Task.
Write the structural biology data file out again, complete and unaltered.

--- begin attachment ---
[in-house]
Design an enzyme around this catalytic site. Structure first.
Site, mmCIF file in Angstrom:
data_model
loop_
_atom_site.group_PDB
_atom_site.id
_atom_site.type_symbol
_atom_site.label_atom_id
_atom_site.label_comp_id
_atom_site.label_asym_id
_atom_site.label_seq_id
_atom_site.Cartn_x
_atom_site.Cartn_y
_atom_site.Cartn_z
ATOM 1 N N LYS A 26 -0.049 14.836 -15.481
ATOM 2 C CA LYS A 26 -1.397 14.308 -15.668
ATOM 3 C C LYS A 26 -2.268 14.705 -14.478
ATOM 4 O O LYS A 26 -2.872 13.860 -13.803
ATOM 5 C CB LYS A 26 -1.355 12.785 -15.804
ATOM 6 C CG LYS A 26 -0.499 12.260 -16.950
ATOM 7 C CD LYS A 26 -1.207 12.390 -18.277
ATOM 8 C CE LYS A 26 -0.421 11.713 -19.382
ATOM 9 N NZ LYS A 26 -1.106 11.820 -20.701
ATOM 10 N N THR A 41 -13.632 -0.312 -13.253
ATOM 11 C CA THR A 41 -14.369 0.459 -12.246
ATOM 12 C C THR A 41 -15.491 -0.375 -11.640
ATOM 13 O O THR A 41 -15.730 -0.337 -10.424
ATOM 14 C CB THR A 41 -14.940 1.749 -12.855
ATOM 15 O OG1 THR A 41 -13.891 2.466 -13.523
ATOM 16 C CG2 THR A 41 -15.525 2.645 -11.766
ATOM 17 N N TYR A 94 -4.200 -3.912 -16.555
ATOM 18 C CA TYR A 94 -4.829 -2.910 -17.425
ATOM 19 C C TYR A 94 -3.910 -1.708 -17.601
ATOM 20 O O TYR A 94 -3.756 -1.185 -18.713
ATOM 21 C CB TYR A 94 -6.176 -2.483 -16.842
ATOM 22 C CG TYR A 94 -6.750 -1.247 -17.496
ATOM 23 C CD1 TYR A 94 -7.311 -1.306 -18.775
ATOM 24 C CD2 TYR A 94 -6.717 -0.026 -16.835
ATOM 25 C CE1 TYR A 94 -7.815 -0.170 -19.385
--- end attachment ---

[in-house]
Design an enzyme around this catalytic site. Structure first.
Site, mmCIF file in Angstrom:
data_model
loop_
_atom_site.group_PDB
_atom_site.id
_atom_site.type_symbol
_atom_site.label_atom_id
_atom_site.label_comp_id
_atom_site.label_asym_id
_atom_site.label_seq_id
_atom_site.Cartn_x
_atom_site.Cartn_y
_atom_site.Cartn_z
ATOM 1 N N LYS A 26 -0.049 14.836 -15.481
ATOM 2 C CA LYS A 26 -1.397 14.308 -15.668
ATOM 3 C C LYS A 26 -2.268 14.705 -14.478
ATOM 4 O O LYS A 26 -2.872 13.860 -13.803
ATOM 5 C CB LYS A 26 -1.355 12.785 -15.804
ATOM 6 C CG LYS A 26 -0.499 12.260 -16.950
ATOM 7 C CD LYS A 26 -1.207 12.390 -18.277
ATOM 8 C CE LYS A 26 -0.421 11.713 -19.382
ATOM 9 N NZ LYS A 26 -1.106 11.820 -20.701
ATOM 10 N N THR A 41 -13.632 -0.312 -13.253
ATOM 11 C CA THR A 41 -14.369 0.459 -12.246
ATOM 12 C C THR A 41 -15.491 -0.375 -11.640
ATOM 13 O O THR A 41 -15.730 -0.337 -10.424
ATOM 14 C CB THR A 41 -14.940 1.749 -12.855
ATOM 15 O OG1 THR A 41 -13.891 2.466 -13.523
ATOM 16 C CG2 THR A 41 -15.525 2.645 -11.766
ATOM 17 N N TYR A 94 -4.200 -3.912 -16.555
ATOM 18 C CA TYR A 94 -4.829 -2.910 -17.425
ATOM 19 C C TYR A 94 -3.910 -1.708 -17.601
ATOM 20 O O TYR A 94 -3.756 -1.185 -18.713
ATOM 21 C CB TYR A 94 -6.176 -2.483 -16.842
ATOM 22 C CG TYR A 94 -6.750 -1.247 -17.496
ATOM 23 C CD1 TYR A 94 -7.311 -1.306 -18.775
ATOM 24 C CD2 TYR A 94 -6.717 -0.026 -16.835
ATOM 25 C CE1 TYR A 94 -7.815 -0.170 -19.385